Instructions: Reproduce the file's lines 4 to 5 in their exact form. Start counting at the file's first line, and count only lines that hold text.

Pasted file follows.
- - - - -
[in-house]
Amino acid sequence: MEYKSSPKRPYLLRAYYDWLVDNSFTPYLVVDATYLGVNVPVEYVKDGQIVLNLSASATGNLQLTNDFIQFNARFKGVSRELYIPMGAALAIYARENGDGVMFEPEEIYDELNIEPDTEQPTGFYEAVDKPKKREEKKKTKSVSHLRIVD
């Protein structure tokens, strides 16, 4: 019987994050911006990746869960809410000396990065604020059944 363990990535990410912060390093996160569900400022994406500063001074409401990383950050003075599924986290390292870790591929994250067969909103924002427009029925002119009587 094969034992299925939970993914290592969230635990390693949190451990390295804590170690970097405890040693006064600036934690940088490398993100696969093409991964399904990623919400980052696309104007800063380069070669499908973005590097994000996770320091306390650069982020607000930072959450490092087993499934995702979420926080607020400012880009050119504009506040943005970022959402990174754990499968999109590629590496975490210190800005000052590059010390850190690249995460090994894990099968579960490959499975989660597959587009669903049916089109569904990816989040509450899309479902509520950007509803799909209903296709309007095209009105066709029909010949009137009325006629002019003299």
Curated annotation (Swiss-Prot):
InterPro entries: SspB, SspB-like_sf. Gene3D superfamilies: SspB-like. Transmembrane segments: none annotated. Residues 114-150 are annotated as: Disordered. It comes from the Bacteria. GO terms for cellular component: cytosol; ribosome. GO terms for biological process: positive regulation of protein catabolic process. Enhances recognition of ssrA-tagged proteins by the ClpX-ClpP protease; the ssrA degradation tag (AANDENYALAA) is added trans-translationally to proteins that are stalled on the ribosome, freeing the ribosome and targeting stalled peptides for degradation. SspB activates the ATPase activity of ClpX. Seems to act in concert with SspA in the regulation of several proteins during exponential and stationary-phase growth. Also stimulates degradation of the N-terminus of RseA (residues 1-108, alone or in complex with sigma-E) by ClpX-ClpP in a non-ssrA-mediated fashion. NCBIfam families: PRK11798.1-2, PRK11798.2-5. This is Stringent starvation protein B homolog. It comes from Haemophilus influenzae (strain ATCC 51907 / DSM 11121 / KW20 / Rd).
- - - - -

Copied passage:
Curated annotation (Swiss-Prot):
InterPro entries: SspB, SspB-like_sf. Gene3D superfamilies: SspB-like. Transmembrane segments: none annotated. Residues 114-150 are annotated as: Disordered. It comes from the Bacteria. GO terms for cellular component: cytosol; ribosome. GO terms for biological process: positive regulation of protein catabolic process. Enhances recognition of ssrA-tagged proteins by the ClpX-ClpP protease; the ssrA degradation tag (AANDENYALAA) is added trans-translationally to proteins that are stalled on the ribosome, freeing the ribosome and targeting stalled peptides for degradation. SspB activates the ATPase activity of ClpX. Seems to act in concert with SspA in the regulation of several proteins during exponential and stationary-phase growth. Also stimulates degradation of the N-terminus of RseA (residues 1-108, alone or in complex with sigma-E) by ClpX-ClpP in a non-ssrA-mediated fashion. NCBIfam families: PRK11798.1-2, PRK11798.2-5. This is Stringent starvation protein B homolog. It comes from Haemophilus influenzae (strain ATCC 51907 / DSM 11121 / KW20 / Rd).